This is probably the beginning for Wal-Mart and companies like Wal-Mart. It's the first volley, and they will likely try to expand this to a broader set of generic drug products.
JEFFREY BROWN: Well, that's where I wanted to go next. I mean, we see Target jump in quickly. Do you see a ripple effect within this industry that has a broad impact generally on drug prices?
TIM VAN BIESEN: I think that that's likely. At this point, it's very difficult to know how that's going to turn out. There are different types of players here. There are those who only sell drugs, the likes of CVS and Walgreen's, and those that sell a very broad array of products, like Wal-Mart and Target.
The implications for Wal-Mart and Target are fundamentally different, in that the money that they make from drugs, generic drugs in particular, is a very small fraction of their total business, so they can do this kind of thing. They can lower their prices so far that they might eliminate the profit margin altogether but increase store traffic. That's a different equation for CVS and Walgreen's.
JEFFREY BROWN: David -- I'm sorry, go ahead.
TIM VAN BIESEN: As CVS and Walgreen's as examples, they rely very heavily on generic drugs, in particular, more than branded drugs, to drive their profits and have less front-of-store sales to offset that loss of margin.
JEFFREY BROWN: David Ridley, how do you see the ripple effect?
DAVID RIDLEY: Well, first of all, Tim makes a good point. He just mentioned that pharmacies make more money selling generics than branded drugs. They make a higher mark-up there. So there's room for the Wal-Marts to put a squeeze on those prices.
Whether or not the other pharmacies will do the same, I'm not sure. They can either try to compete on price or try to compete on convenience, being right there on the corner, ever single corner, or maybe on customer service, saying that they know the customer, they know your needs. But it will certainly put a lot of pressure on them to lower their prices, and you can imagine this is just more bad news for the mom-and-pop pharmacies that are already struggling.
JEFFREY BROWN: So you see a potential negative impact on pharmacies, on the pharmacy chains, on mail orders, and the local pharmacies?
DAVID RIDLEY: I think this will put some pressure on them. Now, again, this is initially rather small-scale. This is not for all of Wal-Mart's generic drugs. But as it moves forward, I think it will put some pressure on them.
There will certainly be patients that would rather go to the convenient corner pharmacy. There are certainly patients that would rather see the pharmacist that they know and have known for years. But it will put some pressure on.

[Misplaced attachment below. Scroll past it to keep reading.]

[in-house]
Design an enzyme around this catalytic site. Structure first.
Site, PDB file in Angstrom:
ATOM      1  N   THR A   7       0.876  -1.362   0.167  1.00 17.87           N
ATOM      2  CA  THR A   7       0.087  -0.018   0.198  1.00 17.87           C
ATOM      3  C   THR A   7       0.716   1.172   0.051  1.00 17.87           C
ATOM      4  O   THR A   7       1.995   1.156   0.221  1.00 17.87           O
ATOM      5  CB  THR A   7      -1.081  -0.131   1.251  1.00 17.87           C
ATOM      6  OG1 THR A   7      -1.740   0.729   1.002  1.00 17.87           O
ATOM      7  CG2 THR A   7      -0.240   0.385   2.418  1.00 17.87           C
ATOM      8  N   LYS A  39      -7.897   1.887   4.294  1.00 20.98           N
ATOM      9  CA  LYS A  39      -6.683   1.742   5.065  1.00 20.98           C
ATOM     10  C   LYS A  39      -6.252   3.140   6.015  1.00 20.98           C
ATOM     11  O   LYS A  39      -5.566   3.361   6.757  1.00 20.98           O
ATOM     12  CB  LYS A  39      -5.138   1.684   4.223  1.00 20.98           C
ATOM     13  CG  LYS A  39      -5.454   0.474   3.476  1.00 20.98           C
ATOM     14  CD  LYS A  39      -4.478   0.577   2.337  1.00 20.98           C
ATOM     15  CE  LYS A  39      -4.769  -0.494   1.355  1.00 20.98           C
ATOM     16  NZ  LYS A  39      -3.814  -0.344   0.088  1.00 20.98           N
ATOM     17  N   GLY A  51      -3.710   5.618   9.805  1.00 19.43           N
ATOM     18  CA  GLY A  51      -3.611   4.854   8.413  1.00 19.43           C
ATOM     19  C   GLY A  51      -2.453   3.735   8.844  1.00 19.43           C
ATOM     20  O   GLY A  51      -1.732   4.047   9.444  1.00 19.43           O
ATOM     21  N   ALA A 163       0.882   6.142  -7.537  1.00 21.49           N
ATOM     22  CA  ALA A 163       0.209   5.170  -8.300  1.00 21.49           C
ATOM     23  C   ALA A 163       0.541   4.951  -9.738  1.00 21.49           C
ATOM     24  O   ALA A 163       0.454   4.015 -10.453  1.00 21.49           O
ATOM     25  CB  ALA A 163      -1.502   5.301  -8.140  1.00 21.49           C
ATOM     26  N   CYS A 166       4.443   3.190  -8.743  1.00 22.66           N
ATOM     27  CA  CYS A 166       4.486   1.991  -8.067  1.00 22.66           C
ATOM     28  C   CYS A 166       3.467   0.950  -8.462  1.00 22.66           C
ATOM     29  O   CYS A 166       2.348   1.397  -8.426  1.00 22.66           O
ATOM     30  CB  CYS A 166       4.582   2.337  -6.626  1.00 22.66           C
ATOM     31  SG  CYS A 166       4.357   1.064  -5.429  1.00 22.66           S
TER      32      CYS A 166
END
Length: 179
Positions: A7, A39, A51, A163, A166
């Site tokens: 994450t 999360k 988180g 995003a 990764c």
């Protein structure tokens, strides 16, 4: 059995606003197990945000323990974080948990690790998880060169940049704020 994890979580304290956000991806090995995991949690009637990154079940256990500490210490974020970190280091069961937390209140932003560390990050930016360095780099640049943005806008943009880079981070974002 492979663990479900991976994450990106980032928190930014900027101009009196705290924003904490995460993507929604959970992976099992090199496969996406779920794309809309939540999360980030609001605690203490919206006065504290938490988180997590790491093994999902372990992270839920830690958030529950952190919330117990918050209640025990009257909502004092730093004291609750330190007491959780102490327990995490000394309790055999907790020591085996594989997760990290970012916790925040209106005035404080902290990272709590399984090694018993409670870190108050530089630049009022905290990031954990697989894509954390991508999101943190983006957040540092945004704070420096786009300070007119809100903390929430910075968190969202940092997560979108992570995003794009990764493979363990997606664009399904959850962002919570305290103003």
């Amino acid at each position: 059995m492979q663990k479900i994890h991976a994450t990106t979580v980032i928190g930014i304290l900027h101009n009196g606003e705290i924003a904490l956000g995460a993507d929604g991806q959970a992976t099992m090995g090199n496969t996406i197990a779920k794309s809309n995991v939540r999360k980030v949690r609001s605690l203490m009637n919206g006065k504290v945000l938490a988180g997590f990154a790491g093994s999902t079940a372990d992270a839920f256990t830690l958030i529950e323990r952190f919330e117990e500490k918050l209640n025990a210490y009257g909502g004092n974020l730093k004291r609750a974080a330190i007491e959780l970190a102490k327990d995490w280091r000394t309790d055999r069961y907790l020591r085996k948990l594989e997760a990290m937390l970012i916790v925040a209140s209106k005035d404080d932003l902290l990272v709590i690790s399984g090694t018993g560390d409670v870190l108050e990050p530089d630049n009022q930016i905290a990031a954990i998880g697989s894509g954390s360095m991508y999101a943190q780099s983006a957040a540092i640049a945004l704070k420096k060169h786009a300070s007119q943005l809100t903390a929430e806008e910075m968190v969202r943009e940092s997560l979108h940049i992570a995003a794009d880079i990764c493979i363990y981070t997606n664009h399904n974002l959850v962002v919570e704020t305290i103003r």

More people will take another look at Wal-Mart, I think especially for chronic conditions. If you're getting this drug every month, the savings add up if you can just pay four dollars for those.
JEFFREY BROWN: So, Mr. Van Biesen, do we think of this -- because we've talked about the limits here -- do we think about this now as an experiment that may grow into something large? Is that the way to look at what's happened so far?
TIM VAN BIESEN: I suspect that that's the case. David made the point earlier that this is happening after Wal-Mart has done this with its various other supply chains in the consumer goods areas. And that's in part true because this distribution system is, frankly, somewhat opaque, and it takes some time to sort out how this works.
They're probably trying this out now, do it in a limited market, do it with a limited subset of the generic drug portfolio, and then begin to understand how to broaden this program. That doesn't mean all generic drugs will be four dollars at the end of the day, but they could certainly tighten the pressure on the entire price portfolio.
JEFFREY BROWN: And, finally, staying with you, it's no secret that Wal-Mart is probably the most controversial company in America, loved and hated. And certainly one of the areas that it's been criticized is the health care benefits for its own employees. Every article I read at least raised the question today about whether there was a connection in this move on drug prices to all the negative publicity that it's received. What do you think?
TIM VAN BIESEN: It's hard to say. I suspect that Wal-Mart makes these business decisions on the basis of what it thinks is best for the entire business. I'm not sure that they explicitly did it in the context of their own employee and the news coverage that they're getting there. It's very hard to say, so I don't have a strong opinion on that.
JEFFREY BROWN: Professional Ridley, what do you think?
DAVID RIDLEY: I think Tim makes a good point, that it is a business decision, and it's a logical next step for them to put pressure on generic manufacturers and to cut out the wholesalers.
But having said that, I think Wal-Mart is sensitive to public opinion. They've come out recently in favor of raising the minimum wage. I think they're sensitive to this and that they think this might help with public opinion just a bit. But mainly, mainly for business purposes here, I think.
JEFFREY BROWN: OK, David Ridley, Tim Van Biesen, thank you both very much.
TIM VAN BIESEN: Thank you. Good night.
DAVID RIDLEY: Thank you.